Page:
‡ “A man of an indolent, easy disposition, spent much of his time in prison.”

Pounteys (fn. 59) Bridge.—This was probably the first arch that was thrown across the Tees, and may be fairly referred to the Saxon period. No charter reaches its origin, but it is named soon after the Conquest in a manner which leaves little doubt of its long anterior establishment. The passage of the river, and the straight undeviating road which leads from the ancient Pounteys to Sadberge, and so to Stainton in the Street, were probably used by the Romans. The defences on each side of the river prove the importance which was attached to the pass, and as long as Sadberge retained any consequence, this probably continued to be the chief entrance into the county from the South. The following are its early evidences:

Ralph Surteys (fn. 60) gave to the Convent of Durham all the land betwixt the road which tends from Pounteys (a Ponte Teyse) towards Sadberge and Gildussit, and from Gildussit ascending by the runner (fn. 61) betwixt Morkerflatt and Castellarium, as far as the same road, free from all secular tax or service, for the establishment on the same land of a house of hospitality and charity.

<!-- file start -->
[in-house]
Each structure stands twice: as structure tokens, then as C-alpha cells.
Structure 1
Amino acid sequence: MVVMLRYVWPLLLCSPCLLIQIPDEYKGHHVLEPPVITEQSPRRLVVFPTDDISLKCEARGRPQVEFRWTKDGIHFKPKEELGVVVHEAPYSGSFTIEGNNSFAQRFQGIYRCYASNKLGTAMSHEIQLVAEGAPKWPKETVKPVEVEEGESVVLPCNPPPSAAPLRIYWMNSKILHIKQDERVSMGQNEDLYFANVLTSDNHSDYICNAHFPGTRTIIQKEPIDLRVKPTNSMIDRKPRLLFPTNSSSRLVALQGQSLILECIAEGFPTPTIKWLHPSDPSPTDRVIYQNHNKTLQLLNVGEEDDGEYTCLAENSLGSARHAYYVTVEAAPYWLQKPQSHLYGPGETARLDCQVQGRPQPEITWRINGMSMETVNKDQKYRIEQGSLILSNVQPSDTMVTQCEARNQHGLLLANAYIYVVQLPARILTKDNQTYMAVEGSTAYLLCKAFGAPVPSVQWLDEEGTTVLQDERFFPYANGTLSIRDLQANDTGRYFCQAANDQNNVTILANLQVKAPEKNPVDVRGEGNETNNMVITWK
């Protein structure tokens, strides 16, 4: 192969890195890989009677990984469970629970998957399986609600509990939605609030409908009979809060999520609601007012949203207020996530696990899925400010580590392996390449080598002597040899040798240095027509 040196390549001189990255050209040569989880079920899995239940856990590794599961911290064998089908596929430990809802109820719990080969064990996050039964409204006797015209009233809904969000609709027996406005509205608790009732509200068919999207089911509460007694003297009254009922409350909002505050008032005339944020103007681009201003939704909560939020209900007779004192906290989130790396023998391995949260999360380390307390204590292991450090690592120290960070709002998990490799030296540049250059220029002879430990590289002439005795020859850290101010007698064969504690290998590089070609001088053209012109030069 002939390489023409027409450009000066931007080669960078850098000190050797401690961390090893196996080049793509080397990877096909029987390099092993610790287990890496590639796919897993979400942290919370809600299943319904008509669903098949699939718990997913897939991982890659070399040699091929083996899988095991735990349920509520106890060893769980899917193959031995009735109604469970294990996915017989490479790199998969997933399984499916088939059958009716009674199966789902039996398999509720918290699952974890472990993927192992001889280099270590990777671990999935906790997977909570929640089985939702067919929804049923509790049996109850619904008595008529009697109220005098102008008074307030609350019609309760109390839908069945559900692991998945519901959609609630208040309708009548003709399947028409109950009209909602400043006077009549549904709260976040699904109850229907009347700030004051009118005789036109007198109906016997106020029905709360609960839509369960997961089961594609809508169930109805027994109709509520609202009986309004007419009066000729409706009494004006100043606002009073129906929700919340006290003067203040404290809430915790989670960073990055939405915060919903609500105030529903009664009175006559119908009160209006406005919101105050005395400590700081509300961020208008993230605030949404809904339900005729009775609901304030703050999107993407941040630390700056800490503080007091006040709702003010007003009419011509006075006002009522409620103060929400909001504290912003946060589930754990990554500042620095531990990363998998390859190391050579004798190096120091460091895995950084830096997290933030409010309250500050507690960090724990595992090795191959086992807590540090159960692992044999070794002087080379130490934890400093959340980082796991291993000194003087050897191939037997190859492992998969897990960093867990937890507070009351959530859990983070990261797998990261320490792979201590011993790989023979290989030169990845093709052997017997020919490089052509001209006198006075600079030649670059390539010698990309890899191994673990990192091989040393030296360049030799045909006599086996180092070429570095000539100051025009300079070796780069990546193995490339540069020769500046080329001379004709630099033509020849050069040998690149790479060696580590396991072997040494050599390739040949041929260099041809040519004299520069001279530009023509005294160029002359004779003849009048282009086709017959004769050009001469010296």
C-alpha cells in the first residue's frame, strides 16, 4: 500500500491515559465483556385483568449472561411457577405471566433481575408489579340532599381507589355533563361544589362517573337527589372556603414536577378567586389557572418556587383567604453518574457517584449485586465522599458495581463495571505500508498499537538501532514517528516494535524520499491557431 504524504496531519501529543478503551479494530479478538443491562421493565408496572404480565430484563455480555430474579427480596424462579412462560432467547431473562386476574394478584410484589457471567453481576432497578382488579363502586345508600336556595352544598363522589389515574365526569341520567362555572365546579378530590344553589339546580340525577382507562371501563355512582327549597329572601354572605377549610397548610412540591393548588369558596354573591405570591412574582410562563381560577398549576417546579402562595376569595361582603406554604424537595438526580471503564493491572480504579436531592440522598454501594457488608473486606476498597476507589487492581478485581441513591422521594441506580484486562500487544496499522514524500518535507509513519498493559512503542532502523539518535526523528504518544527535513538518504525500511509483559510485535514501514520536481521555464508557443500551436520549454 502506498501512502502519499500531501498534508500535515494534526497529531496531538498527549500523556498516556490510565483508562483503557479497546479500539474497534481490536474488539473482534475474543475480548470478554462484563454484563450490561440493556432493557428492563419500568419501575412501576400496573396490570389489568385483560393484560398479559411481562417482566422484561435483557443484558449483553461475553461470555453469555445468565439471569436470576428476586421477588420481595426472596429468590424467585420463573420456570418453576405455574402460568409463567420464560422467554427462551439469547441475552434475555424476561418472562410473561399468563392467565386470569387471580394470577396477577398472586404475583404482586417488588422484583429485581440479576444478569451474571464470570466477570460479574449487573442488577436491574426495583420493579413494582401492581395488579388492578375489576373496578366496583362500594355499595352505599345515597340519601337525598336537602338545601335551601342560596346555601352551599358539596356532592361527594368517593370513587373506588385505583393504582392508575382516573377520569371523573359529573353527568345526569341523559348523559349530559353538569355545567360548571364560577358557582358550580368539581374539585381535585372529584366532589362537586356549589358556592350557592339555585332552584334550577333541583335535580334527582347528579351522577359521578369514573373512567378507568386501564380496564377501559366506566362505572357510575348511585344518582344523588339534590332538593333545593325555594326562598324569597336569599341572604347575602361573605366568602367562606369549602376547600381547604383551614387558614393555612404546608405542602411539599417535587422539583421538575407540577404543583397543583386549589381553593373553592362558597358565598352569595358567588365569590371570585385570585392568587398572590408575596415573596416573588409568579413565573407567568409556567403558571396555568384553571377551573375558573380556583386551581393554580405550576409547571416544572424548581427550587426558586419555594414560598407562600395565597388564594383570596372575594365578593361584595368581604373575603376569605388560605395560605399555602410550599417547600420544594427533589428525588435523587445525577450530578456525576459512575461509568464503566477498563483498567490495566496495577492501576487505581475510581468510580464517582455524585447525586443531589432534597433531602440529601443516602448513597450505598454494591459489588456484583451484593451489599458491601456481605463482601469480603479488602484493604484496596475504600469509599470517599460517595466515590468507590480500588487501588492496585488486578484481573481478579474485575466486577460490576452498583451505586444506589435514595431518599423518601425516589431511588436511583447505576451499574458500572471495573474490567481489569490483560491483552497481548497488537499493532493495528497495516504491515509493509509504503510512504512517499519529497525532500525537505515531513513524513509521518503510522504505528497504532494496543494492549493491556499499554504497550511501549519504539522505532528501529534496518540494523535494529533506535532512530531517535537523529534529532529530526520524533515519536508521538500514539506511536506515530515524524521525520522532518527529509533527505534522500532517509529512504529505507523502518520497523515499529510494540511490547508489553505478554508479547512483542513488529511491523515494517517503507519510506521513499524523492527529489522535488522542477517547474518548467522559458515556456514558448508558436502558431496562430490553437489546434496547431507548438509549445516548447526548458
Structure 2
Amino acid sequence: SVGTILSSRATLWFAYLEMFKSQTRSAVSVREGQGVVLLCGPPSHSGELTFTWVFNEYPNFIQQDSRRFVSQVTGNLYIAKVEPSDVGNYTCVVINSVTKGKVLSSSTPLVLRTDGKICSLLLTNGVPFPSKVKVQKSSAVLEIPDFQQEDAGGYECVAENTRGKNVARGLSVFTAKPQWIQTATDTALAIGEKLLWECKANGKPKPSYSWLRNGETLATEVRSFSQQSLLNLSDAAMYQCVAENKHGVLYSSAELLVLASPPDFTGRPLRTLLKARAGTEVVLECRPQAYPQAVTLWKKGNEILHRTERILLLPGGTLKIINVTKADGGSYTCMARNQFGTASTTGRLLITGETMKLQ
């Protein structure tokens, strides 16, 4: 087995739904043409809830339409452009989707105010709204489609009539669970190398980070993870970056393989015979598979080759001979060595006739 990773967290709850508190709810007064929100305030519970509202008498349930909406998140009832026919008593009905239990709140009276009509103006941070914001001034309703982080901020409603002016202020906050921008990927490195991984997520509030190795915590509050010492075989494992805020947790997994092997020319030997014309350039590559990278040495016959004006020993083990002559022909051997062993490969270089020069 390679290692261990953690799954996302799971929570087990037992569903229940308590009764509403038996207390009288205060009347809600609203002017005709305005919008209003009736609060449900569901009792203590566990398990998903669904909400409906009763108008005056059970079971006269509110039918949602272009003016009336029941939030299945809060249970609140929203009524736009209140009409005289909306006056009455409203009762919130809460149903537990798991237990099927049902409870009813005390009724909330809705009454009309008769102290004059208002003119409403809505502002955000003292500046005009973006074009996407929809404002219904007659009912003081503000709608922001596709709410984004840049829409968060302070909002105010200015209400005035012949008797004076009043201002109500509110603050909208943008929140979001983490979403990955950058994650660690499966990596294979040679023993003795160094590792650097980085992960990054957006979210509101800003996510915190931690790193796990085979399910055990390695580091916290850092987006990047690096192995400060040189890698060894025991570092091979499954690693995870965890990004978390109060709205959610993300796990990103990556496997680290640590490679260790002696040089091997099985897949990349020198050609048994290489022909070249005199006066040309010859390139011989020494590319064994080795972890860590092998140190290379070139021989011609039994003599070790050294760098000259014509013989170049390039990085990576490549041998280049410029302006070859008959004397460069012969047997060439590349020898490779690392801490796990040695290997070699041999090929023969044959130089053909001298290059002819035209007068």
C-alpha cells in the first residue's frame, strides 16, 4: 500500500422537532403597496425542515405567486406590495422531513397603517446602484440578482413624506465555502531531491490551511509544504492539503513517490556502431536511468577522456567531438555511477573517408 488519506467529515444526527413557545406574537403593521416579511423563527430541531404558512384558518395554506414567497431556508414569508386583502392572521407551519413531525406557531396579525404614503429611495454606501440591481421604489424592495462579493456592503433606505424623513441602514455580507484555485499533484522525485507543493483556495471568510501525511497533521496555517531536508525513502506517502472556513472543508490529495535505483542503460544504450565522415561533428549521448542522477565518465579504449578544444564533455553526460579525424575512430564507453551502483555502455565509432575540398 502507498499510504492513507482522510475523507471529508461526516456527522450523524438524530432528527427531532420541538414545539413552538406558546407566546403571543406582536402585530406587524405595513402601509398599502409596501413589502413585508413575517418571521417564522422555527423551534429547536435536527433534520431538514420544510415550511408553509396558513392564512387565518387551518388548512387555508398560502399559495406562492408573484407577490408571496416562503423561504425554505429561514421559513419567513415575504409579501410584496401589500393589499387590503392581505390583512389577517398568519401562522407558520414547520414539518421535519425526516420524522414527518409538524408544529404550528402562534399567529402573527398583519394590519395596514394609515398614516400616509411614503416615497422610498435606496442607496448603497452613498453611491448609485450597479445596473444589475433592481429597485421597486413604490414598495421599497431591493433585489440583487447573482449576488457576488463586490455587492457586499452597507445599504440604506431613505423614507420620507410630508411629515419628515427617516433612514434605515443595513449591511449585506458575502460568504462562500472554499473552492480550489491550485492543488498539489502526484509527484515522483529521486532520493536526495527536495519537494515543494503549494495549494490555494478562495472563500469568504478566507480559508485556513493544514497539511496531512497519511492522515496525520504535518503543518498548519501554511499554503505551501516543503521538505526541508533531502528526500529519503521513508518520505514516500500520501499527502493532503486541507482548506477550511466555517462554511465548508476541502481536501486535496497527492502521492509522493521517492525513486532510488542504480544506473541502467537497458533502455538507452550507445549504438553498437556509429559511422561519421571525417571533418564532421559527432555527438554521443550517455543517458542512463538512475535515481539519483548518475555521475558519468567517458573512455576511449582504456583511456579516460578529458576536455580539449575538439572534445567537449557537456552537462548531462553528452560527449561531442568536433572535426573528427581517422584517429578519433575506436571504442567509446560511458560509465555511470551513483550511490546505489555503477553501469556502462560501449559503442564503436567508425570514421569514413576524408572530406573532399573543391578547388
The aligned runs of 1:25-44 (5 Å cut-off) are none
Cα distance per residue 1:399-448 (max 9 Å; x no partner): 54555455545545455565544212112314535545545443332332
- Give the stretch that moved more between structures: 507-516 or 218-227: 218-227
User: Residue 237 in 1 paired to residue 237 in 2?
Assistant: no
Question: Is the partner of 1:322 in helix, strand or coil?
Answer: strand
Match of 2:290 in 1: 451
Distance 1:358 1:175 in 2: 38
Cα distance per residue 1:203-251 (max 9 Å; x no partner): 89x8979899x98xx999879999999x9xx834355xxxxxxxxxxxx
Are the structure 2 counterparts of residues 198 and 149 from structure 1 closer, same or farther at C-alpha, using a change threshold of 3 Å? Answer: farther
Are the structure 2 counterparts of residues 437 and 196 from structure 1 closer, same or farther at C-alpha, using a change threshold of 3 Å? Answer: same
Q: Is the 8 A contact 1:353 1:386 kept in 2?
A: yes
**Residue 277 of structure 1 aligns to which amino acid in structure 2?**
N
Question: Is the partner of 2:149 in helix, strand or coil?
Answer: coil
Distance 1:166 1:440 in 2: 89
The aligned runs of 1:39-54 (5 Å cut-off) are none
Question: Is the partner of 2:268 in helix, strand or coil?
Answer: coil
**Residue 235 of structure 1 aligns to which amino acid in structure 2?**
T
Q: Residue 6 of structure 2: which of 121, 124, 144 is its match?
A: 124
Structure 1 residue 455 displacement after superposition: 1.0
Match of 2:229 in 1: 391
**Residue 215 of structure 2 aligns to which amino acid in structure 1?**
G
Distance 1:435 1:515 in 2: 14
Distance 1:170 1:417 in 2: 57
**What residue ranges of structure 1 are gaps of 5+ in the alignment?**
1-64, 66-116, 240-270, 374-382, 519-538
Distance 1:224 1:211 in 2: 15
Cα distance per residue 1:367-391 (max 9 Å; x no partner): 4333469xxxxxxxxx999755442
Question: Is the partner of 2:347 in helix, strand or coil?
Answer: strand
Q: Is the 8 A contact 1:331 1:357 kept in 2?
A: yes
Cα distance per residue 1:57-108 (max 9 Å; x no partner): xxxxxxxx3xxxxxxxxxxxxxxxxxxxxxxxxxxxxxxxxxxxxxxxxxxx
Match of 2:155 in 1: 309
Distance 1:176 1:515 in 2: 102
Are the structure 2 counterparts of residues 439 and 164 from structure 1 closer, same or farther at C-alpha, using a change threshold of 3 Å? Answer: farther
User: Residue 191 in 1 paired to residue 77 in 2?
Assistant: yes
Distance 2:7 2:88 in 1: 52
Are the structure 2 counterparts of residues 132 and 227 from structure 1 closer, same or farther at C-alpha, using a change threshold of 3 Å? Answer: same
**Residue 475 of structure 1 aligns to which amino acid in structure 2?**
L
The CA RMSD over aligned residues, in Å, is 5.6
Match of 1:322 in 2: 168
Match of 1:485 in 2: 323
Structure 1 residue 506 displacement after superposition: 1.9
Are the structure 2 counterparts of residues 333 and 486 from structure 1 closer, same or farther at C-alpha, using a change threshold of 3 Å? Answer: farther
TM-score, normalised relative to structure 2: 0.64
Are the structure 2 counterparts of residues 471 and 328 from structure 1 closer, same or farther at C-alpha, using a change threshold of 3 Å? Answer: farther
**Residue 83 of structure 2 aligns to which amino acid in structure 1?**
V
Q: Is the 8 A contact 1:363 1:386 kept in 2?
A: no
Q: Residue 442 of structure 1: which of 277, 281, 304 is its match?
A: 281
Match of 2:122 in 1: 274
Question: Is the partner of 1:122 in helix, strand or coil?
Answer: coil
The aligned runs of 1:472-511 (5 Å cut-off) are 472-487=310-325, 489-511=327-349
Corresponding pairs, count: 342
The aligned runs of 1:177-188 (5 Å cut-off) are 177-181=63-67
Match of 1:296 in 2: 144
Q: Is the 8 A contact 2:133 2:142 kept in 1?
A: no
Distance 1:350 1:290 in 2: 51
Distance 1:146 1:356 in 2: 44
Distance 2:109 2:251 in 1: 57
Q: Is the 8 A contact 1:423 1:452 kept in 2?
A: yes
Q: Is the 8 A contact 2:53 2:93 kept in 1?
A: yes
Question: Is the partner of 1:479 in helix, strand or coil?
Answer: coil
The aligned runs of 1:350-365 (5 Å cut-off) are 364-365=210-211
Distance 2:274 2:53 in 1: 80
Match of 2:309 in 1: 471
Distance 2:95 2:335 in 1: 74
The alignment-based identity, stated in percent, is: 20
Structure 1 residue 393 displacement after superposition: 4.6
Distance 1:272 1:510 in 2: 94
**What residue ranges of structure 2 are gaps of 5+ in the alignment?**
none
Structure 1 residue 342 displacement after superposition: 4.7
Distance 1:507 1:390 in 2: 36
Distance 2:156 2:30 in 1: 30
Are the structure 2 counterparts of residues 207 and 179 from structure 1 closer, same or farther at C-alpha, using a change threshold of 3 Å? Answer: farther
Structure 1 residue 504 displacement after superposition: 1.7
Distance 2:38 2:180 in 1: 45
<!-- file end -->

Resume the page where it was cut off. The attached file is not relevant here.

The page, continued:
These lands were, I think, assigned to the Sacrist, and the House of Durham appointed Keepers or Guardians of the Bridge; and allowances of expence for the support and repair of the structure occur in the Sacrist's Book (fn. 62).

Walter de Cadamo, whose charter is attested by Sir Ralph Surteys before named, gave to St. Mary and to Pountay's Bridge, and to the Wardens of the Bridge, an oxgang of land in Hertburn, which he had purchased of Rowland, son of Pagan, ad operationem et reparationem ejusdem Pontis.

Cecily, daughter of Gilbert de Heworth, gave to the Church of Durham the service of Thomas, son of Thomas de Wodom, arising from half the vill of Wodom, for the support of one Chaplain at Tees Bridge; and the said Thomas did his homage to the Prior in full Court.

The Chapel of St. John then was on or near the Bridge, a provision which was usual in most similar situations for the spiritual solace of travellers. Several presentations occur to this Chapel (fn. 63), which is mentioned as early as the time of Bishop Philip (fn. 64), Capella de Puntasia; but it was not the only religious establishment at Pountays. The following document proves that there was also a hermitage near the Bridge (fn. 65) :

Joh'nes Prior Eccl. Cath. Dunelm. dilecto nobis Wilłmo Byndelawes de Burton in Lonesdale Heremite, salutem. Tibi locum heremitalem de Pountese juxta aqu' de These, vacantem, et ad nostram collac'onem spectantem, cum suis juribz, &c. conferimus, &c.—6 Dec. 1426.